Front Cover
 Who killed Cock Robin?
 Who Kidnapped Cock Robin?
 Robin accused
 The sick Robin Redbreast
 Cock Robin and Jenny Wren
 Robin's friend
 Found in the snow
 Death of Cock Robin
 Back Cover

Group Title: Dean's artistic series ;, 12
Title: Who killed Cock Robin?
Full Citation
Permanent Link: http://ufdc.ufl.edu/UF00025027/00001
 Material Information
Title: Who killed Cock Robin?
Series Title: Dean's artistic series
Physical Description: 17 p. : ;
Language: English
Creator: Dean & Son ( Publisher )
Publisher: Dean & Son
Place of Publication: London
Publication Date: [ca. 1880]
Subject: Birds -- Juvenile poetry   ( lcsh )
Children's poetry   ( lcsh )
Children's poetry -- 1880
Bldn -- 1880
Genre: Children's poetry
poetry   ( marcgt )
Spatial Coverage: England -- London
General Note: Cover title.
Funding: Preservation and Access for American and British Children's Literature, 1870-1889 (NEH PA-50860-00).
 Record Information
Bibliographic ID: UF00025027
Volume ID: VID00001
Source Institution: University of Florida
Holding Location: Baldwin Library of Historical Children's Literature in the Special Collections, George A. Smathers Libraries
Rights Management: All rights reserved, Board of Trustees of the University of Florida.
Resource Identifier: aleph - 001754717
oclc - 26625302
notis - AJG7714
 Related Items
Other version: Alternate version (PALMM)
PALMM Version

Table of Contents
    Front Cover
        Front Cover
    Who killed Cock Robin?
        Page 1
    Who Kidnapped Cock Robin?
        Page 2
    Robin accused
        Page 3
        Page 4
    The sick Robin Redbreast
        Page 5
    Cock Robin and Jenny Wren
        Page 6
        Page 7
        Page 8
        Page 9
        Page 10
        Page 11
    Robin's friend
        Page 12
        Page 13
        Page 14
    Found in the snow
        Page 15
    Death of Cock Robin
        Page 16
        Page 17
    Back Cover
        Back Cover
Full Text



London: DEAN & SON, Ltd.,
P Entered at Stationeri' Hall.






At --V
- *.; ^

) : .e- 'F

160a, Fleet Street. E.E.

,h.'pyrightr Ragistered.
? *

All Rights Re.rnad.


Who killed Cock Robin ?
"I," said the Sparrow.
"With my bow and arrw, -
I killed Cock Robin." --
oi. \

Who saw him die ?
"I," said the fly;
With my little eye,
I saw him die."

_ aJ

Who caught his blood ?
I," said the Fish;
With my little dish,
I caught his blood."
The Baldwin Library
iPl oida

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HO kidnapped Cock Robin?
I, said the Sparrow;
In my wheelbarrow,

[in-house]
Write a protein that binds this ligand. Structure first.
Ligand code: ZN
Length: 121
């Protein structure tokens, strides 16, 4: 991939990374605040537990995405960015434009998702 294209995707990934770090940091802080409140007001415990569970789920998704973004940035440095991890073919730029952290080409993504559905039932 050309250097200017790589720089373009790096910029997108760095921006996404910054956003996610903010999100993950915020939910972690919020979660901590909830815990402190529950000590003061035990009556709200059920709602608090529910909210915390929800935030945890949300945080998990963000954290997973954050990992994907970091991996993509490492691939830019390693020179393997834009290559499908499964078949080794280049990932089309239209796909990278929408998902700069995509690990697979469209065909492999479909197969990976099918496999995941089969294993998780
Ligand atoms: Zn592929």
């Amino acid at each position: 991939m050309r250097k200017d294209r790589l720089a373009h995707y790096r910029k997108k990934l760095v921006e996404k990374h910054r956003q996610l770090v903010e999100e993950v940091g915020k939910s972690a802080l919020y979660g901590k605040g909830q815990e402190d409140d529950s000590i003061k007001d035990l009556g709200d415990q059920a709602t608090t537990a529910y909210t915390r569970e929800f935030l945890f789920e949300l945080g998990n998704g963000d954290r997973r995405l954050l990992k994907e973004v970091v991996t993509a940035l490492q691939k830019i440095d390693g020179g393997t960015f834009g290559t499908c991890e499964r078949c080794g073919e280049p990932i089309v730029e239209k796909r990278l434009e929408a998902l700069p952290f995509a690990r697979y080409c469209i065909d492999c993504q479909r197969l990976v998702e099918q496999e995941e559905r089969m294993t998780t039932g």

I kidnapped Cock Robin.
,Who saw them go?
I, said the Rook;
As I hid by the brook,
I saw them go.
Who saw him turned over?
I, said old Towzer;
'Twas only just now, sir,
I saw him tipped over.
Who picked him up?
I, little Snap;
When I saw the mishap,
At once picked him up.
Who went for the Doctor?
I, said the Cat;
I just popped on my hat,
And went for the Doctor.
Who put him to bed?
I, said the Dove;
In the cock-loft above,
I put him to bed.
Who gave him his medicine?
I, said the Thrush;
And I've no cause to blush,
For giving him medicine.
So Cock Robin got well;
That was dark, low, and narrow.
And the naughty old Sparrow
Had three months in a cell,

H come here, bold Robin Redbreast,
Say are these stories true-
These sad stories I've been hearing
About the things you do.
Do you drive away the sparrows,
'When on the ground I strew
Nice bread-crumbs for your breakfast,
Enough for them and you ?
Is it true they shun your presence,
And that they fear you so
Because you are so spiteful-
Say, Robin, is it so?
Do you take such airs upon you,
Because you are well dressed ?
Have you no kindlier feeling
Beneath that scarlet vest ?
Must the dowdy sparrow hunger
While you are plump and fat ?
Oh, Robin, you are blushing now
With shame to think of that!
Though you chirp and look so cheerful,
And though your eyes are keen and bright,
Though I like to see you hopping
Where the snow lies smooth and bright;
Yet you grieve me, Robin Redbreast,
For I fear these tales. are true;
And I sadly must confess it,
That I now think less of you.

Who'll make his shroud ?
I," said the Beetle:
"With my thread and needle,
I'll make his shroud."

She'll dig his grave ?
I ," said the Owl;
WV\ ith my garden shovel,
I'll dig his grave."


- '1


LITTLE ROBIN once was sick,
But none could tell for why;
He lay upon his couch all day,
And nothing did but sigh.
pTwo famous doctors, Rook and Owl,
Were fetched without delay,
They felt his pulse,--they shook their heads,-
"He will not live a day."
A nurse was sent for, none would do,
He seemed not to recover;
The night drew on, with lengthened face,
Each said that all was over.
But soon a gentle tap was heard,
It came to Dicky's door;
"Ah, me!'" it cried, "pray let me in,
My heart is very sore."
The gentle accents Dicky heard,
His bosom gave a leap,
As to his couch-side, with a sigh,
Miss Jenny Wren did creep.
"For thee, it is, that I've been sick,
"Oh! may we never part;
For none but thee, I now declare,
Could win thy Robin's heart."
Poor Robin's eyes grew bright at this,-
He kindly pressed her hand;
I feel that I am almost well,
Dear Jenny,-understand.
"Dear Robin daily did improve;
Jenny, gentle as a dove,
Did nurse him with such tender care,
Which he paid with love.

ock llbin anb |fcnng Sdfa.
'T was a merry time,
When Jenny Wren was young,
When prettily she looked,
And sweetly, too, she sung,-
Cock Robin lost his heart:
SHe was a gallant bird;
He bowed to Jenny Wren,
And thus his suit preferred.
"My dearest Jenny Wren,
If you will now be mine,
You shall dine on cherry pie,
And drink nice currant wine."
Jenny blushed,-held up her fan,-
And thus declared her mind,-
"Then let it be to-morrow, Bob:
I take your offer kind."
At break of day, next morning,
Robin bade the Cock declare
This was to be his wedding-day,
With Jenny Wren the fair.
The Cock then crowed aloud,